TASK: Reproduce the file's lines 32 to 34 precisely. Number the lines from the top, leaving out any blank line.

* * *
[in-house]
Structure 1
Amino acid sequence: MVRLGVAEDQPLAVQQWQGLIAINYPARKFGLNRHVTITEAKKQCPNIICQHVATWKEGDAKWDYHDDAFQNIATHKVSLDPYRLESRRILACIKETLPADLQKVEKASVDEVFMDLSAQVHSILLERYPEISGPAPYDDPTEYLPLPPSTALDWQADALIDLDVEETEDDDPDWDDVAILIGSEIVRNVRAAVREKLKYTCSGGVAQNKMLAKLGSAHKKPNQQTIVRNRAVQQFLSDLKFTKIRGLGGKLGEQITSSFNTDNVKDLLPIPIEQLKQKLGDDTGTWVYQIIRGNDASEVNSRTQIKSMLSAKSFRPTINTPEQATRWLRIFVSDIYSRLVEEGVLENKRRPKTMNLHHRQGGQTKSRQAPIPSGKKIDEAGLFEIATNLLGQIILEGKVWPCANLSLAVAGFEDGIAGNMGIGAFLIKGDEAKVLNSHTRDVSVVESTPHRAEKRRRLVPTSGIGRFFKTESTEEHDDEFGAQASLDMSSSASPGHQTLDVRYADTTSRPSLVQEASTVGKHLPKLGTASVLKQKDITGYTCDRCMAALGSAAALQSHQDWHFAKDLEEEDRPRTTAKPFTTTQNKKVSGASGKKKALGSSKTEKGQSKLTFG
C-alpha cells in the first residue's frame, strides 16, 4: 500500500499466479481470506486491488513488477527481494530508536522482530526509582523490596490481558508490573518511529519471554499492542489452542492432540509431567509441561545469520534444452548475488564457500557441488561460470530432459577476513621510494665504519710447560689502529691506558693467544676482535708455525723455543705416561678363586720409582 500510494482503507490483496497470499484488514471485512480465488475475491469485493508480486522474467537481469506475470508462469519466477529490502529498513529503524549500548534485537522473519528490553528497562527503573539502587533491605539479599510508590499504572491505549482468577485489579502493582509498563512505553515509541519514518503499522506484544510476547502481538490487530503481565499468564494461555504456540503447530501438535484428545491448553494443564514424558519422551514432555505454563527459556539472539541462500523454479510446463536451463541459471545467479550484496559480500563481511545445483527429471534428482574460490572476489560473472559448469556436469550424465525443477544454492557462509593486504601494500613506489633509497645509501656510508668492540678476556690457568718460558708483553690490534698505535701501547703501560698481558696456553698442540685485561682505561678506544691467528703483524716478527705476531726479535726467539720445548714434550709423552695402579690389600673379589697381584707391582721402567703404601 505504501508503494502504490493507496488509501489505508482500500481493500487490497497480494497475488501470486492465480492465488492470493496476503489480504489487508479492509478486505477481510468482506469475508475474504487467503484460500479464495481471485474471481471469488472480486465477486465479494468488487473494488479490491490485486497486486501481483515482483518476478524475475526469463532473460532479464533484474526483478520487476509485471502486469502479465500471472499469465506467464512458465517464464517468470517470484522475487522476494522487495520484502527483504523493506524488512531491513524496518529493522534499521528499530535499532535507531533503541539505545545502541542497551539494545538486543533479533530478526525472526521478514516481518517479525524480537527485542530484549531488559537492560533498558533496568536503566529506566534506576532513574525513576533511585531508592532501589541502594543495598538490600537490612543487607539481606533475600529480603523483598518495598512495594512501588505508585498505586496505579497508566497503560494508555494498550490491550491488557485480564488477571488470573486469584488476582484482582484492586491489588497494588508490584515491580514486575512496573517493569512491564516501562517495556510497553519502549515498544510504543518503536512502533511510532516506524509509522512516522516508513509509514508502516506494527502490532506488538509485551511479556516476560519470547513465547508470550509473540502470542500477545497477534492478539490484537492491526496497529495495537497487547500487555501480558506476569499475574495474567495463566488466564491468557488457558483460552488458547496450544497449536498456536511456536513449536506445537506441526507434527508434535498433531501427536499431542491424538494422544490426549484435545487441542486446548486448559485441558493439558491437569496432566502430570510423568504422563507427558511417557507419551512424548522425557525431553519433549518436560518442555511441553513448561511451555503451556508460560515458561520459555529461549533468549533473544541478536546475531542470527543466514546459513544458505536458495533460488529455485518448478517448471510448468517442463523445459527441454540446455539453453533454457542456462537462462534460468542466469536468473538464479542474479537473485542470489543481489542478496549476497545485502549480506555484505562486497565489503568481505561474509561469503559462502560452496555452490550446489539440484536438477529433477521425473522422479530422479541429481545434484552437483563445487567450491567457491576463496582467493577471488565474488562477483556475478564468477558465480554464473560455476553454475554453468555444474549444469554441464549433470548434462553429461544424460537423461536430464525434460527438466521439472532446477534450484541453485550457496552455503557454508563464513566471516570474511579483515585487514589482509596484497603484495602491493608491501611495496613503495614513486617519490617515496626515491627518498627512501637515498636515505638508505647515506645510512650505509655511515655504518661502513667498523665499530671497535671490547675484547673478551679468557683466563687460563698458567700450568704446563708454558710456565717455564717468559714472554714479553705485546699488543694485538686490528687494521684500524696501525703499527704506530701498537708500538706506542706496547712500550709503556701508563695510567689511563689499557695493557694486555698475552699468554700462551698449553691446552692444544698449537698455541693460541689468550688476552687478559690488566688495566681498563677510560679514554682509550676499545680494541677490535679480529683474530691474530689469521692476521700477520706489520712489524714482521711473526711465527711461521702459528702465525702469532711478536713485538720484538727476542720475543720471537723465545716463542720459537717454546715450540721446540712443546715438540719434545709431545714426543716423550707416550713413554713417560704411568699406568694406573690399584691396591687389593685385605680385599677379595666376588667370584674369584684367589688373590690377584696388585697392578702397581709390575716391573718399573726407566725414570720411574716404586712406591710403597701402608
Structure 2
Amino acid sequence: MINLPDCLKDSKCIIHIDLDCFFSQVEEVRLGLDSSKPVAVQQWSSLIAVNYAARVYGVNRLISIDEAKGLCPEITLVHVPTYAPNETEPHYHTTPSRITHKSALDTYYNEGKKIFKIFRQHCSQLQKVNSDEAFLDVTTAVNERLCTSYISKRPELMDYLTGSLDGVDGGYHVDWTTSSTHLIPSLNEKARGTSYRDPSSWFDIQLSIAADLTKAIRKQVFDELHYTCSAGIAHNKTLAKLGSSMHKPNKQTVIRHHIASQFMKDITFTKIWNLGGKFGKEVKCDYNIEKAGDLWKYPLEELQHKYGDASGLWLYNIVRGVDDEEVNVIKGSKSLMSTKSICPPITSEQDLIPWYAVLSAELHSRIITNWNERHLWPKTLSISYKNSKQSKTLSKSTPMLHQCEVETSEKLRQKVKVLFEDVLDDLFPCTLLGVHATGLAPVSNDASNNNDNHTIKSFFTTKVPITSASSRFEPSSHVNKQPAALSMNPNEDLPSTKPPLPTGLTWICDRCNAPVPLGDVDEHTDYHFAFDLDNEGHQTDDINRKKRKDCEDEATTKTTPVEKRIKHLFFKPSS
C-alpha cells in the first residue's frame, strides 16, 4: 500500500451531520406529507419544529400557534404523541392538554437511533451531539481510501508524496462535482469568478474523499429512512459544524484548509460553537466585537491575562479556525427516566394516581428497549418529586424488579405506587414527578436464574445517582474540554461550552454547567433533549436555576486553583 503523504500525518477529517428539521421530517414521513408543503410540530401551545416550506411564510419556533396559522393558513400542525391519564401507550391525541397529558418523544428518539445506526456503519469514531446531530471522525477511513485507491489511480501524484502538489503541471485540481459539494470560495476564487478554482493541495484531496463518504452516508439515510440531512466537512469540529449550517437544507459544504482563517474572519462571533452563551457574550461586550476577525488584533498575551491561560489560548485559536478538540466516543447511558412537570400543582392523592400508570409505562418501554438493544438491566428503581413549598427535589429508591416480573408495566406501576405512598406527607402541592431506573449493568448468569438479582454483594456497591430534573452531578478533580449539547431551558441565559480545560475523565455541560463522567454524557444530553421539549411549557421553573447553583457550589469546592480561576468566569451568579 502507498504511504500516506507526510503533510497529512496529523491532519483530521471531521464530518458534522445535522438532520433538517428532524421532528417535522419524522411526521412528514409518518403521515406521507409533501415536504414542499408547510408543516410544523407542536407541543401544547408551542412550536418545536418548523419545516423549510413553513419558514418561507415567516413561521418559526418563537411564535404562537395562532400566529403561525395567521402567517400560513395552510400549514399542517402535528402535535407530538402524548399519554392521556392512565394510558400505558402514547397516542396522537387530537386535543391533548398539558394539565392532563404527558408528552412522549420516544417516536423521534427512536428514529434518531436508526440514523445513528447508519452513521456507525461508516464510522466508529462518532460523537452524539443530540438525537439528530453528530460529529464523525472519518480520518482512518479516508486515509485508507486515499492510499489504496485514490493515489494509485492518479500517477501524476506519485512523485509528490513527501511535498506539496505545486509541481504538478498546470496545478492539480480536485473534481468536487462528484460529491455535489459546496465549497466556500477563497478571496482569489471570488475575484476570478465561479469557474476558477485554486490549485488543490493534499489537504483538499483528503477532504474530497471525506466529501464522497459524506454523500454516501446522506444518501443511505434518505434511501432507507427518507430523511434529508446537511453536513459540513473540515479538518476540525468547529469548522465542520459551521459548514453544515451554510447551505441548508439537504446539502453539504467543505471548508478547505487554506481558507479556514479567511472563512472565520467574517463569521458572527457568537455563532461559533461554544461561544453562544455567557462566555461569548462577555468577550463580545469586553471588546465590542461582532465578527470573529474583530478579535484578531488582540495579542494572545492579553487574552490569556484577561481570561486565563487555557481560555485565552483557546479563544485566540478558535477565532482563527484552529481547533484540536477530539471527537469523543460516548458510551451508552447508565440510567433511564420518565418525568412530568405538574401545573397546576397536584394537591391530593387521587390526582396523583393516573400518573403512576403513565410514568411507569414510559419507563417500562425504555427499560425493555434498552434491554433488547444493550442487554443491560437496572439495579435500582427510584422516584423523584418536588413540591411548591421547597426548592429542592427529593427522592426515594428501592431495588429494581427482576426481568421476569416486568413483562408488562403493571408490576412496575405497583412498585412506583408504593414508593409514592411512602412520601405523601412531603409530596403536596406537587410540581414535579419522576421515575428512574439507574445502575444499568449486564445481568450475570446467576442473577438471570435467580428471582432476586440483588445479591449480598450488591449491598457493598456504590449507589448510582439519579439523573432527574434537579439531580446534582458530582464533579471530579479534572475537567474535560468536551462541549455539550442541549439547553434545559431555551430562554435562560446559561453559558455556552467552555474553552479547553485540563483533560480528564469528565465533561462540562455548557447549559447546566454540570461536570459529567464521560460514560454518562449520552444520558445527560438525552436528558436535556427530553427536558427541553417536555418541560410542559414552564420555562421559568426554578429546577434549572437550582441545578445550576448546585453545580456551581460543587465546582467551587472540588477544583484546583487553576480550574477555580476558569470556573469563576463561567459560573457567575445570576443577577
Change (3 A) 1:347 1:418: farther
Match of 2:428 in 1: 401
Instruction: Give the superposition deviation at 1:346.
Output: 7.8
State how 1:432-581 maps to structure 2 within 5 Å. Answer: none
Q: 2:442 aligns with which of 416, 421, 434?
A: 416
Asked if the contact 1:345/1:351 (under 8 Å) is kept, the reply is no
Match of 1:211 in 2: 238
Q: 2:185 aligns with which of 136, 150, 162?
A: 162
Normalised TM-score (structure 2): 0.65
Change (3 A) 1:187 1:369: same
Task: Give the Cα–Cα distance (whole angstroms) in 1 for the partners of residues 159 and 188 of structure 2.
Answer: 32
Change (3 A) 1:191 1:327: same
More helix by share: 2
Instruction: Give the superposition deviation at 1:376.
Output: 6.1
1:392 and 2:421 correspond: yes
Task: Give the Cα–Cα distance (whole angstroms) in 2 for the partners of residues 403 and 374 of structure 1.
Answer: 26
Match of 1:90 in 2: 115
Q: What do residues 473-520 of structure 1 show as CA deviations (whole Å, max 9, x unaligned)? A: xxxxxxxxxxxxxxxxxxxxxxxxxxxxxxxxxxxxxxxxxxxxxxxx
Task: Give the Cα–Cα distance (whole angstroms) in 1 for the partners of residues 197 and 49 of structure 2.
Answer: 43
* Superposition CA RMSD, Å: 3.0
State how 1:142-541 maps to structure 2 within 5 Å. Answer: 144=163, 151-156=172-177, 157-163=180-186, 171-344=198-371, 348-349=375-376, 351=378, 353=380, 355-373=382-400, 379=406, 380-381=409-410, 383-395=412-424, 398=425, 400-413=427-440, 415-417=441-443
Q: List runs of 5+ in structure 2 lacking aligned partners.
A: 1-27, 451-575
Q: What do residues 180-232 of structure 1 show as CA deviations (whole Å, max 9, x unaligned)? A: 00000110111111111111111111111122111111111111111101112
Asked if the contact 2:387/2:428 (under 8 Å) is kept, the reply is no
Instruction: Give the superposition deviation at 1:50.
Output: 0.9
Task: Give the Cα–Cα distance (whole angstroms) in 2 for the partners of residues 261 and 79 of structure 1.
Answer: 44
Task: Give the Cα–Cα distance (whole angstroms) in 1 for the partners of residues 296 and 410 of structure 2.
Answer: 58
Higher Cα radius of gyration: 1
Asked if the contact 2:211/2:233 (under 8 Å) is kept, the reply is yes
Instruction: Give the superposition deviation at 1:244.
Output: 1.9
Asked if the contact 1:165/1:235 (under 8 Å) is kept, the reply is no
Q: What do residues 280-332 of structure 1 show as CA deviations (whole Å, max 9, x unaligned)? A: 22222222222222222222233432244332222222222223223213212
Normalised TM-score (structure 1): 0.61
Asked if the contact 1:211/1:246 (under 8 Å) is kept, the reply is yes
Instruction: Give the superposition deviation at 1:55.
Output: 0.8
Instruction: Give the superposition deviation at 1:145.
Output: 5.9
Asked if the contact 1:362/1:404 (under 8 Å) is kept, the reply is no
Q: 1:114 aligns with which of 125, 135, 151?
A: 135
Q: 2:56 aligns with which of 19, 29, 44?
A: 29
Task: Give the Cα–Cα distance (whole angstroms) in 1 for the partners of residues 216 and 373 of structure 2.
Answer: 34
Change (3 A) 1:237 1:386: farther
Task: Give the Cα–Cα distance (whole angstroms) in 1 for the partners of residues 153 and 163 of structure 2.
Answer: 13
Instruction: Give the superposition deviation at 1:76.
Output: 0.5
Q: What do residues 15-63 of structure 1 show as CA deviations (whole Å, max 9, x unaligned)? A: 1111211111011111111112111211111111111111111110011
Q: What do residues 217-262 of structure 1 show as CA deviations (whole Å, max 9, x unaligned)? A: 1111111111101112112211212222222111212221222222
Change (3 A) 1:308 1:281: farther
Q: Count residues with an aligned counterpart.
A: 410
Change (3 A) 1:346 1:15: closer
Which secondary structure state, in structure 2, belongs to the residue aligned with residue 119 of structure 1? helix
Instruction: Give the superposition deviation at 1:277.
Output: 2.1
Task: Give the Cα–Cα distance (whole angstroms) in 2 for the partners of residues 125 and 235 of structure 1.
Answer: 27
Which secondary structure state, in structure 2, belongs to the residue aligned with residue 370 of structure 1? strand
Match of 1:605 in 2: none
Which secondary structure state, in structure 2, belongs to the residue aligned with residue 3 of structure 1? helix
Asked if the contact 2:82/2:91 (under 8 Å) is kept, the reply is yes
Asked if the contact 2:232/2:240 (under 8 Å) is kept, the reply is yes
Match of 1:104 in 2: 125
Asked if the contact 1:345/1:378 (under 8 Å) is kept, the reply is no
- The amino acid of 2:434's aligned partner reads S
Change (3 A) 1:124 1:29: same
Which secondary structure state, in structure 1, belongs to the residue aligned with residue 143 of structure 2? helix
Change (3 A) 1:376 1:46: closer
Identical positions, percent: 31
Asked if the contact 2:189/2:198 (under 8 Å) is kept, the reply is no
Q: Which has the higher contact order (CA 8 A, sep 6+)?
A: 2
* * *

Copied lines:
Task: Give the Cα–Cα distance (whole angstroms) in 1 for the partners of residues 197 and 49 of structure 2.
Answer: 43
* Superposition CA RMSD, Å: 3.0